What is it really like postpartum? How does mom adjust as well as dad and other siblings?
Did you know (and most of you reading this are parents so you do) that after you have a baby, your life is different forever?
I think a lot of us went into parenting not really having an idea about the completeness of that fact. As I look back on having Brayden, I think I probably expected a slightly exaggerated change of what it is to bring a puppy home. Ha!
Your Pregnancy & Birth states, “Having a baby will change the way you live your daily life…Your old routines may no longer work. If you know this in advance and try to accept these changes rather than fight them, you’ll be a lot more relaxed as you start your life with the new baby” (page 201).
This is true with your first or fourth baby (or any number in between or after). I didn’t find the babies after my first to be as much of a shock to the system of our lives since I had a better idea of the reality of what it means to have a baby, but it still changed things. And it changes things for everyone in the family.
How do you adjust to and deal with these new changes?
One great way is to talk about them. I think as mothers we are so lucky to live in this modern time when we can connect with other mothers going through what we are going through. Sure, moms have always had neighbors, friends, and family to talk to. On top of that, though, we now have social media. We have the ability to get with a group of moms who birthed a baby in a two week time span of us who also have the same parenting philosophies as us and talk about it.
I did not have this with my first baby and for the first few months of life with my second baby and let me tell you, it is so valuable! There is something so reassuring to know you aren’t the only one going through a particular challenge at the time.
“All new parents reach the end of their rope from time to time. This is even more true if you don’t have a lot of support or if your baby is fussy” and might I add or your baby doesn’t sleep (page 202). Don’t feel bad when you get there–to the end of that rope. You haven’t slept well in a long time and you are responsible for taking care of a helpless human who can’t communicate with words and you have to get to know. There will be days you reach the end. When you do, turn to help from friends, family, and neighbors.
You aren’t the only one adjusting. Your spouse is also. Many dads don’t have a clue what to do to be helpful.
It is helpful if you verbalize what you need help with and what he could do for you. With our first couple of babies, my husband threw himself into taking on big huge projects immediately following the birth of a baby. I think he was trying to do something to contribute to the family, but in reality it wasn’t very helpful for me to take a couple of days off of work to go outside and build something. So before McKenna was born, I told him what would be helpful to me. Things were better. Then before Brinley was born, we had things completely and frankly laid out. He was very helpful and didn’t start up any new projects 🙂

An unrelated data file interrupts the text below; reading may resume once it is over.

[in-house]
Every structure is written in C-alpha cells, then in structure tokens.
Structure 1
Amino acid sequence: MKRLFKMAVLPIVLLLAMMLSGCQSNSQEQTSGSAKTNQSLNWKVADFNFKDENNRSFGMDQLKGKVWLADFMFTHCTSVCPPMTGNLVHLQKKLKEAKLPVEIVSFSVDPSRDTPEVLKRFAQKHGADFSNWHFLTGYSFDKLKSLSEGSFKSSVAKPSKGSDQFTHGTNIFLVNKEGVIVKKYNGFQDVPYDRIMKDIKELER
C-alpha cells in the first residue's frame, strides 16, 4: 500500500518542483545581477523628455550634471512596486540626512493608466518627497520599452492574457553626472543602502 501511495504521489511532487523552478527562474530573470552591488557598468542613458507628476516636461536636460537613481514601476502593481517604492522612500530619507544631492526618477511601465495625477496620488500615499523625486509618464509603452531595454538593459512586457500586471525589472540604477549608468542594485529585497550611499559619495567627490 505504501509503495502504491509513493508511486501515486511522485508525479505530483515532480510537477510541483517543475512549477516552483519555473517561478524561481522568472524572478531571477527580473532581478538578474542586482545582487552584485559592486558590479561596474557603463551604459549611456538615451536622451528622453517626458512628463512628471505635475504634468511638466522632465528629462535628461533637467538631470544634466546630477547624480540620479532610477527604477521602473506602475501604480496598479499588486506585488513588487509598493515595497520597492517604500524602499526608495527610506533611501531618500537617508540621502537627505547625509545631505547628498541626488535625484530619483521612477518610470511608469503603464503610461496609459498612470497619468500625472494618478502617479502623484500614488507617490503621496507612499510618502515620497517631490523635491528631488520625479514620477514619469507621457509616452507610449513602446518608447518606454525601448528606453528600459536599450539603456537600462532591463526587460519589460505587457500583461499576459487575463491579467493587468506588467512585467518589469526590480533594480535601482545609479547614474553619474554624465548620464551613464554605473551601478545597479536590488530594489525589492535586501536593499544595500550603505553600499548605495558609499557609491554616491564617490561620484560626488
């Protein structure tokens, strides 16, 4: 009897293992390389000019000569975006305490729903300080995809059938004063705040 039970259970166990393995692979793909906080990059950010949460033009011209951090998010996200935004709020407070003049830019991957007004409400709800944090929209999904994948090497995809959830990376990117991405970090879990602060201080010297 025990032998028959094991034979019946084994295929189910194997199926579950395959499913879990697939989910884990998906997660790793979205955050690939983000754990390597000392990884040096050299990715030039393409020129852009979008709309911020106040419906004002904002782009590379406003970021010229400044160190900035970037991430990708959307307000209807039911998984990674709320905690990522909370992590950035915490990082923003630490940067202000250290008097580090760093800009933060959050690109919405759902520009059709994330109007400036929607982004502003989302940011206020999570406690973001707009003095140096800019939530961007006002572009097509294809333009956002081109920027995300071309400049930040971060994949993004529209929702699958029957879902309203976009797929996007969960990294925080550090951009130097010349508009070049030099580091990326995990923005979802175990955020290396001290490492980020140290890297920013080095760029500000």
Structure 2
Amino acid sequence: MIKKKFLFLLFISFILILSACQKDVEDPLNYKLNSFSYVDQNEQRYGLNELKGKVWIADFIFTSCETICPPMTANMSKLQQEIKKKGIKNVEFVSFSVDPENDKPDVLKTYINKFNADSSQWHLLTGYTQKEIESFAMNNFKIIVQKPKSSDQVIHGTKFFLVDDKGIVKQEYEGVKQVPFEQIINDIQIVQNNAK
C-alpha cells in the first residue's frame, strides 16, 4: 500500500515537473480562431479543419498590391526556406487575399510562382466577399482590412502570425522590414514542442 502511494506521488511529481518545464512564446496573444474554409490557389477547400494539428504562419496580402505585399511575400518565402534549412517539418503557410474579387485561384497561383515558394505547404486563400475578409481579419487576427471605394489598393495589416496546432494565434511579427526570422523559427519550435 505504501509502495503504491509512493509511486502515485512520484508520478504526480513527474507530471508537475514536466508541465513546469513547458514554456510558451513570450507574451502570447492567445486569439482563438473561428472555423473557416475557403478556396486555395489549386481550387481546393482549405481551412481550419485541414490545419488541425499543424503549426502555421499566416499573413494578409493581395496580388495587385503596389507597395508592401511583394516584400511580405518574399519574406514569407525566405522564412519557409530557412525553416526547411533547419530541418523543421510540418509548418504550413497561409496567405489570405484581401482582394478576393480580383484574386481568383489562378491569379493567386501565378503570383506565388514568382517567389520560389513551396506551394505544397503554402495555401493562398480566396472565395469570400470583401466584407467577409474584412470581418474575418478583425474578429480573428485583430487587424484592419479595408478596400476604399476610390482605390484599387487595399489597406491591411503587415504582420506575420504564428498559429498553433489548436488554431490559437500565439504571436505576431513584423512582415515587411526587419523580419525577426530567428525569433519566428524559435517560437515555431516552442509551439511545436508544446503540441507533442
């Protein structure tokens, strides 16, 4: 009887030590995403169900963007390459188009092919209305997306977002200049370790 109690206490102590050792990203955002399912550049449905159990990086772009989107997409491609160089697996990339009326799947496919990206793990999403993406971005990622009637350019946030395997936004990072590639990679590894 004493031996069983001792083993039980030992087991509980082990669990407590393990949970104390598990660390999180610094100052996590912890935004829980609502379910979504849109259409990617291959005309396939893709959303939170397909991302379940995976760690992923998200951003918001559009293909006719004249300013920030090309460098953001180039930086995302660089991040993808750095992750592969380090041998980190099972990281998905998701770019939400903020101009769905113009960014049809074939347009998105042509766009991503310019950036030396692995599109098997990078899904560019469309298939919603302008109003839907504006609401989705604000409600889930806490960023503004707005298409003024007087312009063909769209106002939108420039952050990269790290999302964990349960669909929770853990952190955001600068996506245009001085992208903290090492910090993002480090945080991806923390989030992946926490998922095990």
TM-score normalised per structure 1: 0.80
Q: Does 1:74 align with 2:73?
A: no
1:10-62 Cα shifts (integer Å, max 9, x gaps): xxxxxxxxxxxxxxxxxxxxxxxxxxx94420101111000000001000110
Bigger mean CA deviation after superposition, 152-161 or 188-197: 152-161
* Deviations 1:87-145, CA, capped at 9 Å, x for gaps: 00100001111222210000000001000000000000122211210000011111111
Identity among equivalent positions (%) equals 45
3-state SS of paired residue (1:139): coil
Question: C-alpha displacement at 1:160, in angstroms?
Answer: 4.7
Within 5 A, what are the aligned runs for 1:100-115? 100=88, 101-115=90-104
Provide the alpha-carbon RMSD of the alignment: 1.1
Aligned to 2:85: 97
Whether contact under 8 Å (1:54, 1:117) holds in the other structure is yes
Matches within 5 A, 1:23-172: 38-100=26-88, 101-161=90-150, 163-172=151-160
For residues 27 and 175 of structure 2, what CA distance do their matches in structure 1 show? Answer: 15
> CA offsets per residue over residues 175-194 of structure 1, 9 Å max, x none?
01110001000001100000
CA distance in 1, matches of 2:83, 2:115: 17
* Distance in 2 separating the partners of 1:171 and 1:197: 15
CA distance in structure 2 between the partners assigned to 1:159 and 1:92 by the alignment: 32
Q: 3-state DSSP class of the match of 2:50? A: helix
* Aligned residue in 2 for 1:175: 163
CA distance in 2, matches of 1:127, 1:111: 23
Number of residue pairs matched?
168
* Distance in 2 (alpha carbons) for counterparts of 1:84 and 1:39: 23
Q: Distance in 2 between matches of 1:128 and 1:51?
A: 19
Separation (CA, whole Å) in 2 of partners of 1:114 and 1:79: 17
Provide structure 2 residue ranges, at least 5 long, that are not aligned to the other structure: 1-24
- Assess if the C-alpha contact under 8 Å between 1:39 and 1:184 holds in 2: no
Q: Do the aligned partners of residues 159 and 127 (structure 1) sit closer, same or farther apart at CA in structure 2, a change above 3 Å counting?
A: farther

Allow your spouse to help with the baby. If you are like me, you have a hard time handing your baby over to someone else to take care of them. I often stick around even if someone is changing the diaper for me or something. Part of it is that I feel bad that someone else is doing it and part is I worry the diaper won’t be put on just right.
I obviously know the baby better than anyone. But my husband needs the chance to get to know the baby also. It is a good idea to have your spouse do some things in helping care for the baby. Diaper changes, dreamfeeds, bathing, holding…let your spouse do things with the baby. Some are nervous–encourage them.
If you have other children, they will obviously experience a big change with a new baby. Some struggle with change more than others. Some get jealous, some are instantly in love. No matter how they adjust to change, you will have less time for them than you did before the baby was here. Some are so in love with the baby they don’t care. Some are understanding but still get anxiety about it all. Some get right out mad.
Still have your one-on-one time with your child. Guess what, having a second, third, fourth, etc. baby is challenging because you can’t just take a nap any old time the baby is. You have children with needs. Make sure you still have one-on-one time with your other child(ren)–even if it is just reading a story with just you and your child before bed while your spouse holds the baby in another room.
Have your child help you with baby duties. I like to make it clear the child is helping me and/or serving the baby–I don’t want the child to start to think he/she is in charge of the baby. I want the relationship to be a sibling relationship. That is why I focus on helping me or serving the baby.
Give it time. Your child will soon get used to having a baby around. As will everyone else. You will adjust. Your spouse will adjust. Your children will adjust. You will all learn what your new life is like and what your new normal is.
You can read more about the postpartum period here:
- Postpartum Changes in Your Body
- Postpartum Body
- Postpartum Survival Tips
- Prepping Siblings For Baby
- My First Baby Was Easy…
And for your enjoyment, I am sure many of you have seen this but I can’t get enough.